Texas State dining services partners with Grubhub


Raylene Nortiaga

A student uses a self-serve kiosk in Jones Dining Hall Jan. 23.

Mayela Ramirez, News Reporter

A new campus food ordering platform is set to offer Texas State students similar services to Tapingo, but with improved delivery benefits.

Grubhub’s partnership follows Texas States’ years-long collaboration with Tapingo, a similar online food service amenity, which was bought by Grubhub in 2018. Grubhub’s acquisition of Tapingo will be available fall 2019, making it possible for Texas State to continuously supply busy students with a food delivery service that maneuvers around busy schedules.

Grubhub’s integration on campus allows students with meal plans the ability to pay for meals using swipes or dining dollars. In addition, there is an added benefit of having the delivery fee waived.

Meals can be delivered to off-campus residents, academic buildings or picked up from the location they were ordered from.

Steven Granados, marketing director of dining services at Texas State, was one of the individuals responsible for coordinating the merger of Grubhub into on-campus meal plans.

“We want to make things more convenient for students,” Granados said. “Having classes stacked one after the other is hard, especially when it’s peak dining hours. So to alleviate that weight and long waiting complications, we thought mobile ordering would be a great idea.”

Grubhub was founded in 2004 as an alternative to in-person and on-paper menu ordering. The company has since grown to a national level with ownership of multiple brands including Seamless, LevelUp, AllMenus, MenuPages and as of 2018, Tapingo. According to its website, Grubhub serves over 400,000 people daily and has over 20 million active customers who use its services.

Yera Ha, Grubhub communications associate, said students who have used Tapingo previously will find Grubhub familiar due to the similarities between the services, but Grubhub offers more delivery options and benefits.

“Because Grubhub is always working to keep fees as low as possible, students are likely to save money by ordering through Grubhub versus other delivery apps,” Ha said. “We encourage students to look out for our emails that often include promo codes.”

Unlike Tapingo, which was unique to the college campus industry, Grubhub is a public company that makes delivery and pickup services available to anyone who signs up through its website. Several Tapingo amenities are similar to those of Grubhub, like the convenience of being able to sync on-campus meal plans with the mobile app, with over 150 campuses nationwide using the company’s technological services.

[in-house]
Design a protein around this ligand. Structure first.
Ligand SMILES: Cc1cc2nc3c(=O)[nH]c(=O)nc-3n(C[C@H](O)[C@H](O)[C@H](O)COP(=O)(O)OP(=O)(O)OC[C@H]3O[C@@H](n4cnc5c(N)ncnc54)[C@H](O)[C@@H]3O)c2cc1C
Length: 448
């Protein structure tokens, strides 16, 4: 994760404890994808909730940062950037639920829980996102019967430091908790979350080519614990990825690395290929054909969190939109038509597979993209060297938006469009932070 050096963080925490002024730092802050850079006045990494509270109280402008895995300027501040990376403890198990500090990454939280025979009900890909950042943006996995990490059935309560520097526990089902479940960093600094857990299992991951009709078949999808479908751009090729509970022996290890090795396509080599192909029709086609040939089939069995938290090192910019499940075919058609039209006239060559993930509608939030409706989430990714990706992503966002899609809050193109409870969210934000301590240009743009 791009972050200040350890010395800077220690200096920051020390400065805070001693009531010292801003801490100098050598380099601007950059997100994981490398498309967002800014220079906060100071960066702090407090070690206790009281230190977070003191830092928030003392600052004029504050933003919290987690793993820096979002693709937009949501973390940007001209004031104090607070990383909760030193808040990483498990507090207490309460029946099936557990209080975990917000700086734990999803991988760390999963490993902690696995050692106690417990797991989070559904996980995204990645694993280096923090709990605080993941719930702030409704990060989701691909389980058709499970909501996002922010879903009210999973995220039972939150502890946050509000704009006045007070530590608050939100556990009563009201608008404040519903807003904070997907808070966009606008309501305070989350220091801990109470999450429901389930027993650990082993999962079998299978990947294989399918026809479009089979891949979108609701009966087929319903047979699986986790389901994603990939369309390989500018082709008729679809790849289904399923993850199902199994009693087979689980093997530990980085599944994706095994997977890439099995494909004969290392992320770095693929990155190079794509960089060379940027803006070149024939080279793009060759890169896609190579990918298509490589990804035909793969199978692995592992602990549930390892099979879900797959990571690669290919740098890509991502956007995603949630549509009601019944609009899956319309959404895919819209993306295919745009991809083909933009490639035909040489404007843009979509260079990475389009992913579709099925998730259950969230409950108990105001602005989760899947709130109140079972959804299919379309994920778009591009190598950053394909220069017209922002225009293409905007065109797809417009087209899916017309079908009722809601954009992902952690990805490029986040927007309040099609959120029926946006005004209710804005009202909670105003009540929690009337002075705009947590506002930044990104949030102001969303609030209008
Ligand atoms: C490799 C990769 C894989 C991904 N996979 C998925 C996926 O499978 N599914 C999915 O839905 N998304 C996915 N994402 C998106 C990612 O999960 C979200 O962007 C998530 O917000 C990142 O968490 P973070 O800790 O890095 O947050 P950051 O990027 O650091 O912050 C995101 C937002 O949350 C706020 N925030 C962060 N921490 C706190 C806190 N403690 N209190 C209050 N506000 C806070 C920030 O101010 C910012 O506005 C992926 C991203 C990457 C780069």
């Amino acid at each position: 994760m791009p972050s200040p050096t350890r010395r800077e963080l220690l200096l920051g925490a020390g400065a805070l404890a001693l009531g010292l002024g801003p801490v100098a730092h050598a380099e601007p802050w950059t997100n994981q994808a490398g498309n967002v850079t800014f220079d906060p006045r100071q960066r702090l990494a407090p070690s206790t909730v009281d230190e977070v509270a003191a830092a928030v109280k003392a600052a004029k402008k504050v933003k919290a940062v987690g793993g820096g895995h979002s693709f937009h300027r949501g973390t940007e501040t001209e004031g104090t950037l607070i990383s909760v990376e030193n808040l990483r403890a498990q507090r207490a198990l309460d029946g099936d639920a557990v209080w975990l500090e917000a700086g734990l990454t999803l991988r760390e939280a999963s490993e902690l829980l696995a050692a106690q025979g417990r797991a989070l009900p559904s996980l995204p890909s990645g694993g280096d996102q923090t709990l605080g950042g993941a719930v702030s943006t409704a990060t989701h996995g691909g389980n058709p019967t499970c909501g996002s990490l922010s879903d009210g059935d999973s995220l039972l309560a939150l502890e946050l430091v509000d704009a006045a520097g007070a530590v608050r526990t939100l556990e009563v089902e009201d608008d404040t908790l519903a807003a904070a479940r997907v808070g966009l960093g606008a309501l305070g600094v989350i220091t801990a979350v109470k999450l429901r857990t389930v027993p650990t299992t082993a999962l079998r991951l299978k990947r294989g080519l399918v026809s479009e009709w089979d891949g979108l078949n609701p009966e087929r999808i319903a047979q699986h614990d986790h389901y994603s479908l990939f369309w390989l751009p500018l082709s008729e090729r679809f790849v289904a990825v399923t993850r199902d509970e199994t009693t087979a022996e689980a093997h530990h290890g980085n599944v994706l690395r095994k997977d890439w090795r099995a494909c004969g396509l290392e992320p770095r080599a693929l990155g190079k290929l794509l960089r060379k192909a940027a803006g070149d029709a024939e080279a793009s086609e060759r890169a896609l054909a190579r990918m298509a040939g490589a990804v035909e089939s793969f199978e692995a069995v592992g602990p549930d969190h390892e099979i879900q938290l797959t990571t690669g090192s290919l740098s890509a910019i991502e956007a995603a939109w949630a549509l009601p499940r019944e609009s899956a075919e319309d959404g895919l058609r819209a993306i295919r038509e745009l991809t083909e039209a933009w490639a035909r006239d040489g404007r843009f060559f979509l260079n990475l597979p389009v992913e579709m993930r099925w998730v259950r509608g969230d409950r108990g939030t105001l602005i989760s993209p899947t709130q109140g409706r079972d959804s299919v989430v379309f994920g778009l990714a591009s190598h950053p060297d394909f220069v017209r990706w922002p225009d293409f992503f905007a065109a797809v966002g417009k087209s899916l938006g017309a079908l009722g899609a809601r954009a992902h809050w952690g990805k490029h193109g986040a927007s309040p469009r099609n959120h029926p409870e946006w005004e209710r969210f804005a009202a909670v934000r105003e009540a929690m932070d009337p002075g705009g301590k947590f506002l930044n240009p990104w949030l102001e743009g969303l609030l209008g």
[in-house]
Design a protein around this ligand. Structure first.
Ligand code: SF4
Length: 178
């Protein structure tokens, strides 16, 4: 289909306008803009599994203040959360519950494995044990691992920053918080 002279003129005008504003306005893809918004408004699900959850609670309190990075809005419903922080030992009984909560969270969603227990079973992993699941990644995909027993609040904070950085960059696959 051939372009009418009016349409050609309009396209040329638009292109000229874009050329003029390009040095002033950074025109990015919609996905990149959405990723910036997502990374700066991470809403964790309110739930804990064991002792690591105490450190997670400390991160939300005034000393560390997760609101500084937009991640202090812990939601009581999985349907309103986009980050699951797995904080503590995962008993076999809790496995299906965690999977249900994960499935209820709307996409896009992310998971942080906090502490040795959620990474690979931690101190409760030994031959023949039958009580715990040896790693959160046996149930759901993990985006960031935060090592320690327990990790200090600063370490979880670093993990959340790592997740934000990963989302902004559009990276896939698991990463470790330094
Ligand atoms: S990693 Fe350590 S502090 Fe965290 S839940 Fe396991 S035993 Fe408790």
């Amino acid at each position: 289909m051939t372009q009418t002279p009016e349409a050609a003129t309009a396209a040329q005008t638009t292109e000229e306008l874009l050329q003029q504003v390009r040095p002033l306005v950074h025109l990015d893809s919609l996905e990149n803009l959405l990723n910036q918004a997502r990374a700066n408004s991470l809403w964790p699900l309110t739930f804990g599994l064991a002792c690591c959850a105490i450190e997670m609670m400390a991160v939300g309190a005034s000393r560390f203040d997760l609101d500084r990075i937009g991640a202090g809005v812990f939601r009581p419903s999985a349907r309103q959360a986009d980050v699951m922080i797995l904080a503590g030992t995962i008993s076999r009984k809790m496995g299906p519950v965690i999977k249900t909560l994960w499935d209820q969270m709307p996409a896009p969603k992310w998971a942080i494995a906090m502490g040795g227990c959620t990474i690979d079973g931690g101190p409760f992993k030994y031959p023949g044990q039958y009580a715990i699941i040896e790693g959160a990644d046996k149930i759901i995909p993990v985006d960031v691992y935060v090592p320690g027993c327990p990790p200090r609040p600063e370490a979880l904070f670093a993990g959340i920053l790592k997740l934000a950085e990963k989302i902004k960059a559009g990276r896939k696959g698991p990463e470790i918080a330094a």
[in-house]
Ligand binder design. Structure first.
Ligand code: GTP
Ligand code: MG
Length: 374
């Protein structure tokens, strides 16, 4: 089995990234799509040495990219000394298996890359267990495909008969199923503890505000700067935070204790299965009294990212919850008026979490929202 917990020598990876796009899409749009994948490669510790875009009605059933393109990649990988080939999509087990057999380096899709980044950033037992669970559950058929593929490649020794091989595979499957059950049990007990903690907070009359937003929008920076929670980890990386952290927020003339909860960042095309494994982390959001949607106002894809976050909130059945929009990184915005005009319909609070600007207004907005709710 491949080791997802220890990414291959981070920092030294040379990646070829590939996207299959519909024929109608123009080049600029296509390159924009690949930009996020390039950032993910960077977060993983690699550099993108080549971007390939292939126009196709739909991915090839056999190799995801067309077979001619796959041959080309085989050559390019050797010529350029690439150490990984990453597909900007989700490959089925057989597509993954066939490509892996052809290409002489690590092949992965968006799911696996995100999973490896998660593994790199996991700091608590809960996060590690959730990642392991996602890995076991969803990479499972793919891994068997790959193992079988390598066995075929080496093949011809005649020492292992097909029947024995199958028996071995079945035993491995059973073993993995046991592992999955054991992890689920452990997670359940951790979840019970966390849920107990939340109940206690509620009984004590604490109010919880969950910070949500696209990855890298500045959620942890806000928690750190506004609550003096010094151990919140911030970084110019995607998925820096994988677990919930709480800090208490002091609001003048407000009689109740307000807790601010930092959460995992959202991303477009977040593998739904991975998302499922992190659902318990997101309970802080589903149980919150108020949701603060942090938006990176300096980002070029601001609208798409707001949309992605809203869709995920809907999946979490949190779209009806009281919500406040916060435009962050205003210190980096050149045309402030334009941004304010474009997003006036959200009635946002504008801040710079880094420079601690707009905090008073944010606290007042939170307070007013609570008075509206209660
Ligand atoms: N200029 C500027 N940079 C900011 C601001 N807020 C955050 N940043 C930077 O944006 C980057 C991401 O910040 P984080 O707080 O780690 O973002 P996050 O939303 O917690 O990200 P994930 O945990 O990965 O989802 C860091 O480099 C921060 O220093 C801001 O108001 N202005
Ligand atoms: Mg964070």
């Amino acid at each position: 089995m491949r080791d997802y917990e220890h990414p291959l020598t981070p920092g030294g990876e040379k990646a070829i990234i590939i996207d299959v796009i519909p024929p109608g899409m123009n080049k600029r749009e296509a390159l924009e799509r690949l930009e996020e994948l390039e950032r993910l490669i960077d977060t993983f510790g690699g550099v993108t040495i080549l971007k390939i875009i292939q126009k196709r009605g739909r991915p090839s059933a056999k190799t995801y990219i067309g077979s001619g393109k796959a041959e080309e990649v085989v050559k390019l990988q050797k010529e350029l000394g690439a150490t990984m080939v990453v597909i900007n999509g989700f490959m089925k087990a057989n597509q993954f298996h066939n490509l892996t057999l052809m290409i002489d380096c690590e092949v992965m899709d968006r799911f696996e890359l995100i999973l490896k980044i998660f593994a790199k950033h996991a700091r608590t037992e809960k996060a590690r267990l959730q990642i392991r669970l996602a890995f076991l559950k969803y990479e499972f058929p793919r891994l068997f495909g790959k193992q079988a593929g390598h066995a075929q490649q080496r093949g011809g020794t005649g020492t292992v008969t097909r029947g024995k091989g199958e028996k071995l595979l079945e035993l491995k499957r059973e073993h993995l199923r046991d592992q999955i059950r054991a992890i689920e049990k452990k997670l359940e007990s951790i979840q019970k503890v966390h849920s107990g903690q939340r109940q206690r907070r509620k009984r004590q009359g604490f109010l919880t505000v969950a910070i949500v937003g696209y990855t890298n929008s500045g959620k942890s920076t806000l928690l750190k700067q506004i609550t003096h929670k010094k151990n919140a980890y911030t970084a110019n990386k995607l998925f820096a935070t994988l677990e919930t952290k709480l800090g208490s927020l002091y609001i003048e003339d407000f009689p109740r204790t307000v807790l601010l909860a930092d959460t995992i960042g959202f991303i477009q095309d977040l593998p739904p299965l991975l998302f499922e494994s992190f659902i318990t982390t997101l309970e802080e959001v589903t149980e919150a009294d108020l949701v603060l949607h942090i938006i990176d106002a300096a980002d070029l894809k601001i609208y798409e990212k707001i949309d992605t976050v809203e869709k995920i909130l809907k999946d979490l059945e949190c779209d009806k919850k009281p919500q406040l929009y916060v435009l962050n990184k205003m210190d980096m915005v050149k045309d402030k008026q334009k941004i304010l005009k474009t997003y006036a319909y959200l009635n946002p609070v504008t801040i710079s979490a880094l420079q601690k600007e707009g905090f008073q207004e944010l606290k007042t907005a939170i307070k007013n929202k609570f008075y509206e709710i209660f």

However, once Tapingo was bought out by Grubhub, it obtained the added benefit of having access to a larger company’s resources and experience. In reference to its recent acquisition, Grubhub issued a press release in 2018 which stated how the platform’s delivery operations, “complement the Tapingo platform and will enable campus dining programs to expand delivery capabilities.”

John Root, director of auxiliary services at Texas State, worked alongside Granados when coordinating the Grubhub partnership. Root said even though there were various differences between Tapingo and Grubhub, the end result will still be the same in regards to making food more accessible to Texas State students.

“Everyone is pressed for time in college,” Root said. “A student might be in a class and not have a lot of spare time, so now they can just take out their phone and put the order in there. All students have to do then is go to the location they ordered from, show the app and get their food.”

Students interested in learning more about the benefits of mobile ordering can go to the Grubhub website or download the app onto their phones.

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